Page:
Saturday, April 6, 2013

Audio Recording Tutorials #03 to #05 - Layered Multi-Track Recording

Videos #03 through #05 of my Audio Recording tutorial series are now online (and I have some additional study notes further down in this post). These three particular videos explain how to go about making a multi-track recording when you must record the tracks one after another in layers, rather than being able to perform everything simultaneously. My overall Audio Recording tutorial series is related more to home studio work than it is to DJ'ing, although I'm still covering the very basics of audio engineering and production work. The series is eventually going to expand into about thirty different videos about simple recording and audio engineering, everything from the basics of recording instruments and vocals, to the use of MIDI, to the theory of sound and audio, and eventually a number of advanced editing and recording techniques.

Audio Recording Tutorial #03: Layered Multitracking part 1

In this video, we use Adobe's Audition software to record the tracks that we're going to be working with on this project. I recorded a Neil Young song (After The Gold Rush) with four parts: piano, strings, bass, and acoustic guitar. This video described the process of setting up the session, setting up individual tracks and arming them, recording the audio, and making sure the project was ready for editing.

Audio Recording Tutorial #04: Layered Multitracking part 2

In this video, I started to explain basic editing tasks such as using the razor/slice tool to cut a track up into clips, making changes to track volumes and panning, and adding volume and panning automation to individual clips. I also talked about Signal-To-Noise Ratios, the use of subtractive EQ'ing to give your instruments more space in a mix, and archiving.

Audio Recording Tutorial #05: Layered Multitracking part 3

We finished editing the individual tracks, I talked about snapping and zero crossings and cross-fade techniques, and then we bounced the edited tracks, did some EQ'ing, added reverb, and adjusted panning and volumes again. Finally, we bounced all the tracks to a single audio files, did some additional reverb and hard limiting/amplification work on it, and saved the final result to disk.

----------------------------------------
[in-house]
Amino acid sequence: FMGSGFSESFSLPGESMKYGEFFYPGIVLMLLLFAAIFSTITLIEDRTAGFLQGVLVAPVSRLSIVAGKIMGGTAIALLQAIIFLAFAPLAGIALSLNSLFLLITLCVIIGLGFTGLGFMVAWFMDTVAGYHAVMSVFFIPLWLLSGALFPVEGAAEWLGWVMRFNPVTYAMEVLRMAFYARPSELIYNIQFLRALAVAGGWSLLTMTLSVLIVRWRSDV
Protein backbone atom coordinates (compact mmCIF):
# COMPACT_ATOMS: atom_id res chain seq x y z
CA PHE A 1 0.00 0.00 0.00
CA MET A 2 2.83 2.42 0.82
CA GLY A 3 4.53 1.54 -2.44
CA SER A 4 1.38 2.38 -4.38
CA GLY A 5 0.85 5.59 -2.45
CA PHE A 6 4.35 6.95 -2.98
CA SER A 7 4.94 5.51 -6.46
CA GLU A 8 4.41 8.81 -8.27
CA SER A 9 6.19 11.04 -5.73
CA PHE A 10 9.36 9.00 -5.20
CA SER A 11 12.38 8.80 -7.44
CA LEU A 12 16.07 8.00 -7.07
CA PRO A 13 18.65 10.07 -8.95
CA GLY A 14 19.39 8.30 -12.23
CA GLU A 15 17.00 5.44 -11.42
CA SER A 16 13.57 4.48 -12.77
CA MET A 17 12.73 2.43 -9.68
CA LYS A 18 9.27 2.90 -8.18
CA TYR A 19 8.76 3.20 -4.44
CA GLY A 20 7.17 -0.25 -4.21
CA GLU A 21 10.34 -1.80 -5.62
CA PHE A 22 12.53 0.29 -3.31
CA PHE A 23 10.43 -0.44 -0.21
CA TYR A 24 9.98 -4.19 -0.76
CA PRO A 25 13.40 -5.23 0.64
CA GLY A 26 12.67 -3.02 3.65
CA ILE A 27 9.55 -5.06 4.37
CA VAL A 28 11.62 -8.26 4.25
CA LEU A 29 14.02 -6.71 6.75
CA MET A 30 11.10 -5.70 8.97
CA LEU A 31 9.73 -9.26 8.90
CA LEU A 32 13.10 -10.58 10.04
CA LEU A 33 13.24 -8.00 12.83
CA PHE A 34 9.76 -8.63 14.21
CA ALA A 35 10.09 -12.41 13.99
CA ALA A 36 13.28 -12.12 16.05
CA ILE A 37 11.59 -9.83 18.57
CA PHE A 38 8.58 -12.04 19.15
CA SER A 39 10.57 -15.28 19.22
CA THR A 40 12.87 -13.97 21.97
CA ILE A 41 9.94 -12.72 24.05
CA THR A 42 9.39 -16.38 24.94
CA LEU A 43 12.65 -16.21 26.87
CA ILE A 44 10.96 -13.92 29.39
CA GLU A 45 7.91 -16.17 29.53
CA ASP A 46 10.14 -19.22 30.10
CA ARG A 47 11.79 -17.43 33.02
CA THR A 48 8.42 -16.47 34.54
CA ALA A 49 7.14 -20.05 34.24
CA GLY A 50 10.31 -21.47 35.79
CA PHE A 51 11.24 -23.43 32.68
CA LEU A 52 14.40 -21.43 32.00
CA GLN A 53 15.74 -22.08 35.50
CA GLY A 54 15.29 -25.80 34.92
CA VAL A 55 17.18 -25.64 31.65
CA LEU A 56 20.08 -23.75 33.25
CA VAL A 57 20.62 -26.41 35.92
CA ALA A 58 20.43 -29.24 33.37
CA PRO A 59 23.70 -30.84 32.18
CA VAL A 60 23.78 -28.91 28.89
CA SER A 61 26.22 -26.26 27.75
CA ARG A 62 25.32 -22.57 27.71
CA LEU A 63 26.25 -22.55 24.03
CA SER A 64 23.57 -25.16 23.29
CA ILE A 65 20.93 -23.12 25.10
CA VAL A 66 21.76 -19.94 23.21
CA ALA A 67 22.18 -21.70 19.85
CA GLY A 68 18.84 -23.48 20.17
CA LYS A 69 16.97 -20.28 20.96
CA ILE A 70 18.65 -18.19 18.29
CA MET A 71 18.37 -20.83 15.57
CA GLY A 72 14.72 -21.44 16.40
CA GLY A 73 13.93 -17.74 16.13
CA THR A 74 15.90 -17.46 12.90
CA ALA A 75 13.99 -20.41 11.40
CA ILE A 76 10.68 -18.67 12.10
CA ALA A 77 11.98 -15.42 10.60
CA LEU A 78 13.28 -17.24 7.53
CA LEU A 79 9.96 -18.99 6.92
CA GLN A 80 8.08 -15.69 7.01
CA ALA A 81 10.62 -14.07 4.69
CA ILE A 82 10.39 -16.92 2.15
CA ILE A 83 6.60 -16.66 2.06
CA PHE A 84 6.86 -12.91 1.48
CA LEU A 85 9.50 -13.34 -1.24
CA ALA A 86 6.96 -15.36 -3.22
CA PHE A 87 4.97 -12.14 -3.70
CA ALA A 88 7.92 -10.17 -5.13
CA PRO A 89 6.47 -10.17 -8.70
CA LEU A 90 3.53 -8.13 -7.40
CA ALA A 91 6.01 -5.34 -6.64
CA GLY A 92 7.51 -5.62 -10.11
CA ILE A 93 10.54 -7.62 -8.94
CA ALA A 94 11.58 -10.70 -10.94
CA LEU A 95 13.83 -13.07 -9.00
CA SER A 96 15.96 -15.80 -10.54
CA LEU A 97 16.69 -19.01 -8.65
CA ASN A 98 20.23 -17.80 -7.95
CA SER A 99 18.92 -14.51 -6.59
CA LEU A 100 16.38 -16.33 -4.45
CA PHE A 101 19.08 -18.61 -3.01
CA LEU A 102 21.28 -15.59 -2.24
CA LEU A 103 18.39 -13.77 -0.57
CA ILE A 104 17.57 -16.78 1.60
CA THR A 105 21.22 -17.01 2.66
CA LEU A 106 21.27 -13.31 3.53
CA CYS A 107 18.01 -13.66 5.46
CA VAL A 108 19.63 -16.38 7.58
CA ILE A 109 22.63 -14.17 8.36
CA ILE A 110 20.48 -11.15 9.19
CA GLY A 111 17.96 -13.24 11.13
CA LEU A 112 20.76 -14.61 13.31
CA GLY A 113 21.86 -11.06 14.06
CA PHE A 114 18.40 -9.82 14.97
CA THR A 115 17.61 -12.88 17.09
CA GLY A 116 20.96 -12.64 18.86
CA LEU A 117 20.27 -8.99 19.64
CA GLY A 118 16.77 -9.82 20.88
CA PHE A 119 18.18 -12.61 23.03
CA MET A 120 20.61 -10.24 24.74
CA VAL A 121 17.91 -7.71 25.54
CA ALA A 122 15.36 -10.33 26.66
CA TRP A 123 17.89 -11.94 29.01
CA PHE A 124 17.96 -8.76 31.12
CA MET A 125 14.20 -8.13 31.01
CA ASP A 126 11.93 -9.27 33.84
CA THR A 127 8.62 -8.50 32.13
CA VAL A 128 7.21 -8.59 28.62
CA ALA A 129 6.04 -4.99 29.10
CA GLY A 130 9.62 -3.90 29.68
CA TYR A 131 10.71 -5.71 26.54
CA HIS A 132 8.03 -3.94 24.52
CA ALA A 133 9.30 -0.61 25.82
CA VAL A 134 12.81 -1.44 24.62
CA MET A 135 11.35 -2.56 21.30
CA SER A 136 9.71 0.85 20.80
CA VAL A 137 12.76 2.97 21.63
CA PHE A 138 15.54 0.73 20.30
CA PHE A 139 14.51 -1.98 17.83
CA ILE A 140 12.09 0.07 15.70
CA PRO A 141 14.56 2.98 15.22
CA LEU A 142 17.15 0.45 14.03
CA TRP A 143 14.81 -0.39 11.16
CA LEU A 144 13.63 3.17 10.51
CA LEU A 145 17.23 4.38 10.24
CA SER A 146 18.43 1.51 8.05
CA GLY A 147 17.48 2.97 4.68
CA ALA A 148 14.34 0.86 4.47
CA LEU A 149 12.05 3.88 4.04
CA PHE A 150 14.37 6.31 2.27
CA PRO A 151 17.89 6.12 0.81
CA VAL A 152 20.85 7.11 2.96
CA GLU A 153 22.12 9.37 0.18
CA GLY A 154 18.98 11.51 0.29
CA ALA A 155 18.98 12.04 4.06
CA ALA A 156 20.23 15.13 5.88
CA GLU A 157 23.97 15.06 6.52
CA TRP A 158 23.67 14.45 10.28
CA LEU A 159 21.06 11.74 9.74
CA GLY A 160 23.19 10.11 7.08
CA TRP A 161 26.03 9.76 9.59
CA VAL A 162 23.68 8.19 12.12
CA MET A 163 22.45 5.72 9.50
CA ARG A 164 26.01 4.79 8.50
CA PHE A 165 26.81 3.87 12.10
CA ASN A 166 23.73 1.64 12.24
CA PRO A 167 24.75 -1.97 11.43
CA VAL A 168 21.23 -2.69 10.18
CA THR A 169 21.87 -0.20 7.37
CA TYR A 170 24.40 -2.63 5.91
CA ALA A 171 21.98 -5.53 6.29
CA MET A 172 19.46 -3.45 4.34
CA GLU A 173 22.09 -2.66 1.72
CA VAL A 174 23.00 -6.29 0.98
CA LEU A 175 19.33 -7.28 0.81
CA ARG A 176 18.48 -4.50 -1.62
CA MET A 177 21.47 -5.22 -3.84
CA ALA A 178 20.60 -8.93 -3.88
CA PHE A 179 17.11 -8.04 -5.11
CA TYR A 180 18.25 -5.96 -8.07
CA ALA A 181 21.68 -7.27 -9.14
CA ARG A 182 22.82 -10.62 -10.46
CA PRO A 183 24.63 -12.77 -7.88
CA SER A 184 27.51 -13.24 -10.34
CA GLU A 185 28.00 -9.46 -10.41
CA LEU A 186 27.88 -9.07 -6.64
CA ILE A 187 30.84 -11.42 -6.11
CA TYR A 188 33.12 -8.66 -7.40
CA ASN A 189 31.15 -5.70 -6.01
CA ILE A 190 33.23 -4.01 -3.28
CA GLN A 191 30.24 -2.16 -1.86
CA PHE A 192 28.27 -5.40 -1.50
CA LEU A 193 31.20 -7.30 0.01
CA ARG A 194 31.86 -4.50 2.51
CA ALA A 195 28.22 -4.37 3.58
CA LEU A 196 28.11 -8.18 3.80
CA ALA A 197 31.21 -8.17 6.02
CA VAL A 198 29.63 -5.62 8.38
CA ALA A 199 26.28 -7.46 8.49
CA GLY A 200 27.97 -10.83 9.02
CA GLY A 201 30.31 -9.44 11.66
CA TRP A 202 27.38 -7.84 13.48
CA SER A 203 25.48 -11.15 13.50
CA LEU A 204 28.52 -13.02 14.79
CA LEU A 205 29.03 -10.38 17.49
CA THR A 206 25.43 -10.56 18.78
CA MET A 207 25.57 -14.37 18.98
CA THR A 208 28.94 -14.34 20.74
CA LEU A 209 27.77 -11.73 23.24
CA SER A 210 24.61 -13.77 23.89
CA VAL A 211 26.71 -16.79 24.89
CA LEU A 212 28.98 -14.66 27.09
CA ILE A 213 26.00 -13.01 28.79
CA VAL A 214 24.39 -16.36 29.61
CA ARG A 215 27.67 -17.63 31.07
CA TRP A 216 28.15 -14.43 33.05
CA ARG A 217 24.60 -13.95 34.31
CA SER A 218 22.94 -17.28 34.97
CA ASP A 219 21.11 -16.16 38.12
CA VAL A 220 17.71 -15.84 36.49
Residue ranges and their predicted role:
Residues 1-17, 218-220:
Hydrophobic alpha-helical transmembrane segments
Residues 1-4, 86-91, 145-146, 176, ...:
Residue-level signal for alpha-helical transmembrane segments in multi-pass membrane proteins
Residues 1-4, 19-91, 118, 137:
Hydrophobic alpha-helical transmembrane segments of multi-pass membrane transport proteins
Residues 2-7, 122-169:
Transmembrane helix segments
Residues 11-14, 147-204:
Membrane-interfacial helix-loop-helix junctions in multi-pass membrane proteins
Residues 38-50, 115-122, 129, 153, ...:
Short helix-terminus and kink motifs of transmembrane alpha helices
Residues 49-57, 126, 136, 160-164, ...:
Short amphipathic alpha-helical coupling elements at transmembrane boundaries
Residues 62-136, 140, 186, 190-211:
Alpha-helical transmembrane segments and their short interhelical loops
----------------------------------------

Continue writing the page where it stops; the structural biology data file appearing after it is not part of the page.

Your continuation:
The Final Product: the song that was recorded

This is a very short video, just over three minutes long. It's the final edited copy of the song that I recorded, "After The Gold Rush." This song was originally written by Neil Young, and was the title track to his third album, released in 1970.

If you want to download the audio files that I was using in these videos, to better hear the audio (or experiment with it) in your own home studio setup, here’s a link to the two zipped folders containing the relevant files:

Once you've watched the two videos above, I'd recommend that you spend some time learning a bit more about a few of the things that I covered in this video:

Computer Technology: SSD's vs HDD's:

Fundamentals and Harmonics:

Zero Crossings & Snapping:

I also have quite a few other tutorial videos relating to DJ'ing, audio editing software, and studio equipment. I've got an organized list of those videos in the index of my "videos" page on my main website. If you're interested in any of those topics, you should bookmark this page right now:

Thanks for your interest in this series, and thanks for sharing this post or links to any of the videos.

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